Reviving all and any stained or discoloured linen with Regenex offers laundries significant cash savings on buying new.
However, at the top of the list in terms of potential to cut costs as well as carbon, is the double duvet cover.
Here, Regenex’s technical director Paul Hamilton, talks us through some facts and figures to make clear the benefits to be gained from working with Regenex.
So, why focus on double duvet covers?
As items of linen go – from napkins and face cloths upwards – double duvet covers are a high value staple of the housekeeper’s store cupboard.
Typically a laundry might pay £10 for a mid-range double duvet cover weighing 1.2kg, though there are certainly more expensive ones available from trade suppliers. The same calculations can be adapted for king-size covers.
But £10 isn’t a major expense to a large laundry.
No, but bedding is easily marked, often very early in its useful life – with fake tan, make-up, dirt from suitcases, or any other given substance – and the ‘condemned’ pile can easily grow.
Let’s look at the big picture. A large laundry handles many thousands of double duvet covers, adding up to significant outlays for topping up stock.
So, a LOT of money can be saved?
Yes! Let’s imagine a laundry has 10,000 double duvet covers, worth £100,000 new, that are heavily stained or discoloured and therefore only fit for landfill or rag.
The chances are that Regenex can successfully revive 80% of those duvets to pristine, white condition, provided that they are not ripped or torn. But, to be conservative, let’s say we can return 72%.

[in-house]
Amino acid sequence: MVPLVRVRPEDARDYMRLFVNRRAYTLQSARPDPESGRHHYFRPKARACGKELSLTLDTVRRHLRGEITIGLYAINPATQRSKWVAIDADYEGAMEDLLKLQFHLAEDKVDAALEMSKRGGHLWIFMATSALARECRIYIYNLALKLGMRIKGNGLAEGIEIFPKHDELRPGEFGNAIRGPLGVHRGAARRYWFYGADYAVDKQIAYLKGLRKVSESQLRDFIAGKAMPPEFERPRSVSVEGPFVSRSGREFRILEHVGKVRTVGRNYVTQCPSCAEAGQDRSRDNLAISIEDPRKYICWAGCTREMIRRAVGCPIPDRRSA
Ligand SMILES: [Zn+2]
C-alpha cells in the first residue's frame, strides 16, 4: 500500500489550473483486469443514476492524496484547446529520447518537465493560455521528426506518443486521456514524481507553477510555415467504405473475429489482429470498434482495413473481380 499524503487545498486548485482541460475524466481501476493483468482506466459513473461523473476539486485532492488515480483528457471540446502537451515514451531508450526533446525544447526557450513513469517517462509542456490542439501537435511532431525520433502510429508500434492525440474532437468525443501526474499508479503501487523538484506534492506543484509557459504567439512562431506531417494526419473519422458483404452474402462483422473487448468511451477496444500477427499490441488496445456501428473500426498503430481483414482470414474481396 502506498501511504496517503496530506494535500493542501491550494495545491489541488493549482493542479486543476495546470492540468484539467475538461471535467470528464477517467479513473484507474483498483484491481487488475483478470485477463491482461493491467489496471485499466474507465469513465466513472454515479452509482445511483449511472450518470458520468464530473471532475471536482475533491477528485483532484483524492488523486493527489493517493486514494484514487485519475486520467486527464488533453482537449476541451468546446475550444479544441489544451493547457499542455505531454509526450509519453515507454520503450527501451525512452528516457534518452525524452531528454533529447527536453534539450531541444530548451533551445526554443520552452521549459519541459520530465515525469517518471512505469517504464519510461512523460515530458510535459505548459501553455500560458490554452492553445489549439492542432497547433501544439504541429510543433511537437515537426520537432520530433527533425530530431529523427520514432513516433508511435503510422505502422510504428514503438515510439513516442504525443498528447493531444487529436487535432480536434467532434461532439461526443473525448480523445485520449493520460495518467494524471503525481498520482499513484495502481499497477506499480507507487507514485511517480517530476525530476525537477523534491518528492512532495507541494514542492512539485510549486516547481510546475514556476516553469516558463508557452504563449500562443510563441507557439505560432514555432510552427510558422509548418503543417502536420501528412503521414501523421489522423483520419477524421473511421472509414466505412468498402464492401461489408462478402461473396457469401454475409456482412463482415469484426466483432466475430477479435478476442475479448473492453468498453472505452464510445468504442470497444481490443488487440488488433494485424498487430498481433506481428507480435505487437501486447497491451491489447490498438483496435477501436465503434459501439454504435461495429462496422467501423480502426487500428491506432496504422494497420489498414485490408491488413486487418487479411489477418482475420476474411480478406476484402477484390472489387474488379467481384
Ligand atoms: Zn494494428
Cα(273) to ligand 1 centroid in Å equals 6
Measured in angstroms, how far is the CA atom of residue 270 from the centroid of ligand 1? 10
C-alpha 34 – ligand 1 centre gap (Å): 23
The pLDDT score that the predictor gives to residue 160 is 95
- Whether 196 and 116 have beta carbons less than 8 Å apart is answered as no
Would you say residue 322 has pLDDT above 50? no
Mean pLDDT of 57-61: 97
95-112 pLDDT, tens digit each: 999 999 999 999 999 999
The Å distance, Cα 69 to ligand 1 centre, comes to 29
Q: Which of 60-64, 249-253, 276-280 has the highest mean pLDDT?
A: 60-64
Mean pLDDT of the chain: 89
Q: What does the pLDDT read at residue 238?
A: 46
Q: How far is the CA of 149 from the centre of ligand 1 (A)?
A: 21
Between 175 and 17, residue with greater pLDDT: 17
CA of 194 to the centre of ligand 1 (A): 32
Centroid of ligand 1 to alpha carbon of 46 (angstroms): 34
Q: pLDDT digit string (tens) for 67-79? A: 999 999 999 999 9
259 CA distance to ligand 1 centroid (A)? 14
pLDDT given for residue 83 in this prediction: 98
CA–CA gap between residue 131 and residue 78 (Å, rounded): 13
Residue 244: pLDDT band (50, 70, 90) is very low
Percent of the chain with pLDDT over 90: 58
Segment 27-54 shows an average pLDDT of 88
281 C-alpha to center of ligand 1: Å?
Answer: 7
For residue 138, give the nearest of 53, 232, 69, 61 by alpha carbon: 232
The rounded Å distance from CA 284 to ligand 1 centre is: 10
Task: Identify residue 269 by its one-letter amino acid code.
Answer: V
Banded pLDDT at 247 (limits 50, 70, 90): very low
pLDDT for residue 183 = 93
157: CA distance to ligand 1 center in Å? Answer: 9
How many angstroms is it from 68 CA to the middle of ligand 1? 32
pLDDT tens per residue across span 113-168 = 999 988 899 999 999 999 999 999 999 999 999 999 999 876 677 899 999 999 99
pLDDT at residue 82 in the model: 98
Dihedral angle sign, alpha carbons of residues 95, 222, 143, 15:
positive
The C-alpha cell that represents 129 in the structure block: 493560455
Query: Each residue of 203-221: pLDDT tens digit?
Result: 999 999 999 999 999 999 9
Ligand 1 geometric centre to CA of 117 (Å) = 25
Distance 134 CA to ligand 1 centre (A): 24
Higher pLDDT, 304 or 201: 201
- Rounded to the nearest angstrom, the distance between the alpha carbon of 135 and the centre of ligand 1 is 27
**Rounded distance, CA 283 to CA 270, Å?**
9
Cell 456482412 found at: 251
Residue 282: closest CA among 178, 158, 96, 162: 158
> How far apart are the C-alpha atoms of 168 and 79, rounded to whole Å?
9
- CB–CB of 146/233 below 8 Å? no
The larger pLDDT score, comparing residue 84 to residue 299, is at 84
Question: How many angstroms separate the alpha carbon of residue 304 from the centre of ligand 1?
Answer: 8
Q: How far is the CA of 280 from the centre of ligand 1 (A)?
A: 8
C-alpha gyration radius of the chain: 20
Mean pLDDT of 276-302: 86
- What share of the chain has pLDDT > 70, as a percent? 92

So, 10,000 duvets weighing 12 tonnes are sent to Regenex. We charge only for successful treatment – in this case 8.6 tonnes, or 7,200 items. Our fee would be £30,240 – or £3.50 per kilo.
This compares very favourably with the expense of buying 7,200 new duvet covers at £10 each, or £72,000 in total. So, by using Regenex, and avoiding unnecessary purchase of new items, a laundry would save £41,760.
But a new duvet would have more life in it than a cleaned and returned one.
Possibly, but stained items are often discarded very early in their life cycle, within the first few uses. The Regenex process has been independently tested and verified not to significantly compromise the tensile strength of cottons and polycottons.
Most hotel linen is condemned due to marks and discoloration, rather than it being ‘worn out’. Laundries can of course control what is sent to Regenex, and avoid including well-worn items in their consignments.
How does Regenex treat linen, again?
We have developed a gentle, multi-bath process based on textile coloration chemistry that opens up fibres to release marks in ways that conventional laundry washes cannot.
Research and development of our treatments continues, so we are becoming ever more effective on a wide variety of blemishes.
By the way, we are not a laundry so we don’t press or fold processed linens.
And how does transportation work?
Laundries should arrange their own delivery to and from Regenex in Bradford, West Yorkshire.
This sounds like it would help save carbon as well as money.
Yes, this is our main reason for being in business! Cash savings are simply a nice addition to the environmental benefits, which are the real gain here.
We could talk a lot about this but it’s all here in our most recent white paper, Loving linen longer: Five carbon and money saving reasons to get the most out of laundry stock.
The document has been a conversation starter for the laundry sector, and has received a lot of media attention. It’s now available to download from the homepage of our website.
OK, can we talk?
Yes we can.
Please call me, Paul Hamilton, on 07795 693345, or email me at firstname.lastname@example.org to discuss how we can work together.
Alternatively, connect with me on LinkedIn.